Summer                     2020
VOL. 24                     NO.  1


FRANCE On Your Own banner
  The Independent Traveler's Newsletter


          Some time away . . .

          France Tourism . . .
                   and Notre Dame Cathedral


Ici et Là

A visit to a Bordeaux Vintner
   ~  Time well spent with
            Gavin & Angela Quinney


Hidden Gem in the French Countryside: 
~  St-Pierre d'Albigny in the Savoie


    ~  Cook Like A Local In France 
      by Lynn Martin & Deborah Scarborough

    ~  Notre Dame de Paris ~ A Celebration
       of the Cathedral
by Kathy Borrus                


Rooster atop Notre Dame Cathedral, Paris.  Wikipedia
Rooster atop Notre Dame Cathedral, Paris

     ~  Insufficient number of entries!

. . .
  with a click  

>  Our Ici et Là column will emphasize things to do and see as an armchair traveler, since a majority of events, exhibits and other activities have been canceled or postponed due to the pandemic.  Also do visit Did You Know? 


to visit the Bordeaux vineyards of Château Bauduc in Créon to read the owner's topical and interesting articles ~ and, of course to learn more about their very popular wines.


>  and come along with us to our Hidden Gem in the French Countryside, fifth in our series of places in France you may want to see for yourself on your next visit.


>  to visit again with Sylvaine Lang ~ this time to hear about her country life while following the government restrictions during the pandemic ~ including having an official pass to leave home and not being able to travel more than 100 kms from her front door.

>  our PHOTO CONTEST has been suspended as we did not receive more than a few photos.  Perhaps we will try again in a year when travel may be getting back to normal.


FRANCE On Your Own invites articles
  from our readers about their time in France.
We can't guarantee when we will publish all
 those we receive, but we will do our best to
include them for our other readers to enjoy.
[No payments are made for submissions used,  but
 we will promote your France-related book or project.]

This newsletter is best viewed with a Firefox browser with a full screenIt is not formatted for printing.

  " Wine is the most healthful and most hygienic of beverages."
                                                                                                                                -   Louis Pasteur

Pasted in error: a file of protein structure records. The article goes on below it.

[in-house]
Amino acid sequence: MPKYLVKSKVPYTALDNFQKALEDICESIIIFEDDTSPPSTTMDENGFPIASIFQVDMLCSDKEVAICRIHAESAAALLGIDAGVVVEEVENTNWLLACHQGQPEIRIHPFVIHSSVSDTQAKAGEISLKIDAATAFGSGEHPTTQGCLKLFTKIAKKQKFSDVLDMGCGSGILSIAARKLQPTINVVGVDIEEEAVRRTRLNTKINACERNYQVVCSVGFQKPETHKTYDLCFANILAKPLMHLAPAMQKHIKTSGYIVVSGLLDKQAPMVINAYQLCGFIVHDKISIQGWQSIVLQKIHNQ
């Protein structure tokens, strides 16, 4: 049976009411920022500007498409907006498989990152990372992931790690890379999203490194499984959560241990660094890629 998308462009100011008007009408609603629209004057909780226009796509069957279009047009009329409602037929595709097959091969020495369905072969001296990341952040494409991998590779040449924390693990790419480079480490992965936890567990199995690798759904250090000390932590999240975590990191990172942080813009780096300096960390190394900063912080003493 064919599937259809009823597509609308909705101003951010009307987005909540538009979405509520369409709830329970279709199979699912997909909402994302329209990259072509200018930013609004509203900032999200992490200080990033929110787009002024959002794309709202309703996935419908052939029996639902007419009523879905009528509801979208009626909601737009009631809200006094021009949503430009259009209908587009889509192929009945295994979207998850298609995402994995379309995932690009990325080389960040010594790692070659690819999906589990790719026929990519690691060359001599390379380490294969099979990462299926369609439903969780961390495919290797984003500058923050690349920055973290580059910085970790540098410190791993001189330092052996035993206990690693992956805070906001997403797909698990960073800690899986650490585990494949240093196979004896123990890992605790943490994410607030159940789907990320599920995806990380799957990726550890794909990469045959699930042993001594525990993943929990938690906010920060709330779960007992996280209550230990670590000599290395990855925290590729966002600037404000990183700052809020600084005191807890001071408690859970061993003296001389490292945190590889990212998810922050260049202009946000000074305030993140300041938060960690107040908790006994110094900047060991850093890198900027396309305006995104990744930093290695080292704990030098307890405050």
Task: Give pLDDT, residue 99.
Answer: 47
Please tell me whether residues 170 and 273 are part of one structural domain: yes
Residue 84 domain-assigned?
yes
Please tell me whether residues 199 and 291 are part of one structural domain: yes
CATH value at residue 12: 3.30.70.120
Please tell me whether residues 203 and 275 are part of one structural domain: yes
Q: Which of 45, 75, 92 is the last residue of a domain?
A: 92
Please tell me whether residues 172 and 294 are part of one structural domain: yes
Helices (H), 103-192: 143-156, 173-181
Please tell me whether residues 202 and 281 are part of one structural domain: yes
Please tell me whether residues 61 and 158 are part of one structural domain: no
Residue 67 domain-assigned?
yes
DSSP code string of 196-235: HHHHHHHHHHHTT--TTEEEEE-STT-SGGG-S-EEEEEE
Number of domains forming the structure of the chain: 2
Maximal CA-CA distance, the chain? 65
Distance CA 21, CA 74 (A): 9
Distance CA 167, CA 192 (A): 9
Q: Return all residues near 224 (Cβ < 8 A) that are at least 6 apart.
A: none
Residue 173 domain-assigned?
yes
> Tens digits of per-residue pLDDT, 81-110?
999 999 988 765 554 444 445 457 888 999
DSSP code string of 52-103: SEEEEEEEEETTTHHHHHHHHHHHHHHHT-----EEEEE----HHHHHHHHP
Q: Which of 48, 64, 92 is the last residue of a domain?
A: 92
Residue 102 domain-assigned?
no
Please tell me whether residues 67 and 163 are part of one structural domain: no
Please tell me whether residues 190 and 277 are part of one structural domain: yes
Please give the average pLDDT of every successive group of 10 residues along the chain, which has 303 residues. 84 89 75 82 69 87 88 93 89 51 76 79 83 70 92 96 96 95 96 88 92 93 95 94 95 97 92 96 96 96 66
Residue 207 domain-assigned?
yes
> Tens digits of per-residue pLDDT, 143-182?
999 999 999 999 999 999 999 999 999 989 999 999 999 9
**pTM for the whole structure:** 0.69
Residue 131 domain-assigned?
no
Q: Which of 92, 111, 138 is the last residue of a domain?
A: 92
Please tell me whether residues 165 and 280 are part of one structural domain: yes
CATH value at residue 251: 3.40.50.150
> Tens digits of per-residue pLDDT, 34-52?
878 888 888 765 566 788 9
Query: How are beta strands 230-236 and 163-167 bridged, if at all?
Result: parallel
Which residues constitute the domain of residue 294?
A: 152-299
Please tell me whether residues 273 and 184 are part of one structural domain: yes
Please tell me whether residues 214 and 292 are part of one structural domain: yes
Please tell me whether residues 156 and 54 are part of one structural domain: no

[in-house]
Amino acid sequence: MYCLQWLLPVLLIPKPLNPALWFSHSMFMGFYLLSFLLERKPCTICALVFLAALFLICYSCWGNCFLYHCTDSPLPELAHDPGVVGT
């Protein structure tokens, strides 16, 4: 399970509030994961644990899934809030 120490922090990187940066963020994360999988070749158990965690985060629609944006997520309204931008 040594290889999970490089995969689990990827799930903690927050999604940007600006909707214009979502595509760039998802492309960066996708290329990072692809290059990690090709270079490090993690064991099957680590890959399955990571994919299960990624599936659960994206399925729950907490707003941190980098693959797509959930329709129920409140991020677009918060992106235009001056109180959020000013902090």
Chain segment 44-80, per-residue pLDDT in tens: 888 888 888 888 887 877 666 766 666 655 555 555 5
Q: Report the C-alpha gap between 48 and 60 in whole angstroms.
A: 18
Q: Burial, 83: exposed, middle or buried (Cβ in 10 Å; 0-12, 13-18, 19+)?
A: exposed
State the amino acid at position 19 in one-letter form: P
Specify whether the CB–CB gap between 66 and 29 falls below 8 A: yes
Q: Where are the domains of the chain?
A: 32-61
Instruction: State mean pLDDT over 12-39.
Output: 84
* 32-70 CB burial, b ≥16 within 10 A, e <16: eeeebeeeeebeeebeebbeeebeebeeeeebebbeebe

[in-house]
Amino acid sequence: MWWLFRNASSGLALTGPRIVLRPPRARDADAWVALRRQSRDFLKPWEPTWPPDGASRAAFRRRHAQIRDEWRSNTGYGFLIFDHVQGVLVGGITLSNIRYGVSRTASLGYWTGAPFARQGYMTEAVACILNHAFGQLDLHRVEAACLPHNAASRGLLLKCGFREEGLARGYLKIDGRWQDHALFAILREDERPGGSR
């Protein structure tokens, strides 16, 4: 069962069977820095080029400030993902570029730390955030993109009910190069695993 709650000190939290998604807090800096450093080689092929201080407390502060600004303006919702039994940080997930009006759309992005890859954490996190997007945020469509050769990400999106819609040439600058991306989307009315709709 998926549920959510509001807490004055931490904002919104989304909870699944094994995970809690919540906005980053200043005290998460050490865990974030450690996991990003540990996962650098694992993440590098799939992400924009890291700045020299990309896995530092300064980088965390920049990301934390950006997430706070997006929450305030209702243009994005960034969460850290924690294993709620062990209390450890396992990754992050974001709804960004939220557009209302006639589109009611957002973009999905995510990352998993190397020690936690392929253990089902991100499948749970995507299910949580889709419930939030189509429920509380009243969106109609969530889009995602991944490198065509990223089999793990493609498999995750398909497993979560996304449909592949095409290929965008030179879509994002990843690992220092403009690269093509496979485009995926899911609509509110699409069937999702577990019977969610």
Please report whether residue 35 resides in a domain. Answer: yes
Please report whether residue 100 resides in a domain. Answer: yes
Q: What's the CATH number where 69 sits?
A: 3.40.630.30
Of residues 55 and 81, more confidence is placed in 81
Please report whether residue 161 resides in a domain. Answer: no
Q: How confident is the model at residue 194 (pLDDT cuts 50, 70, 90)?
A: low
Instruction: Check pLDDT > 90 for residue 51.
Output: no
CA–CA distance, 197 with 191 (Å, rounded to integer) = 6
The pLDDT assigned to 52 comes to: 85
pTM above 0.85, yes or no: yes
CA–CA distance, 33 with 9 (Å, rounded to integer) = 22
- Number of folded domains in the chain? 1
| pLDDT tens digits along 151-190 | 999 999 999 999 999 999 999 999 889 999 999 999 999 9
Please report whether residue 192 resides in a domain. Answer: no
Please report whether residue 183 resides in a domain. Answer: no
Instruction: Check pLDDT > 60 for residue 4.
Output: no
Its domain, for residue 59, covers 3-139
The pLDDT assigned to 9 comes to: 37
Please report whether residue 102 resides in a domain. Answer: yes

Some time away . . .

We've been publishing this newsletter since the Spring of 1997 ~ a full twenty-three years without missing an issue ~ although we did reduce the annual number of issues from four to three in 2018.  Following last Spring's edition, which covered the tragic fire at Paris' Cathedral de Notre Dame that took place one year ago, we decided it was time to go on hiatus . . . time to take a break.  The "yellow vest" protests that began in Paris in November of 2018 and then spread across the country were discouraging visits to France, and we were, and still are, mourning the loss of our dear friend Arthur Gillette who was a mainstay of FRANCE On Your Own until his passing in 2016. 
Well, we are back with this first 2020 issue, even as the world is in the throes of the horrific COVID-19 virus ~ a time when we are all sharing the same experiences of staying at home, keeping our distance from others, wearing masks and gloves when we venture out occasionally to shop for food or medicine, and praying each in our own way that a vaccine will come along very soon.  Predictions that the virus may die down and then resurface in the autumn months are very disturbing as are stories of people who just refuse to follow the recommendations of scientists and medical experts that could stop the spread of this disease.  Even now, the number of cases are increasing daily. The current protests in the US and several other countries may make a resurgence of the virus even more likely.

Our visit to France in June was canceled along with the travel plans of millions of other people.   But, we do hope to be able to visit the country we love next year.  For those of you who look optimistically at the future as we do, we hope this newsletter gives you hope and piques your interest as well as providing something to read during the long hours spent at home.  We wish everyone good health, and please do everything you can to keep safe.                                          

France Tourism  . . . and Notre Dame Cathedral

2019 saw a record 91 million foreign visitors come to France.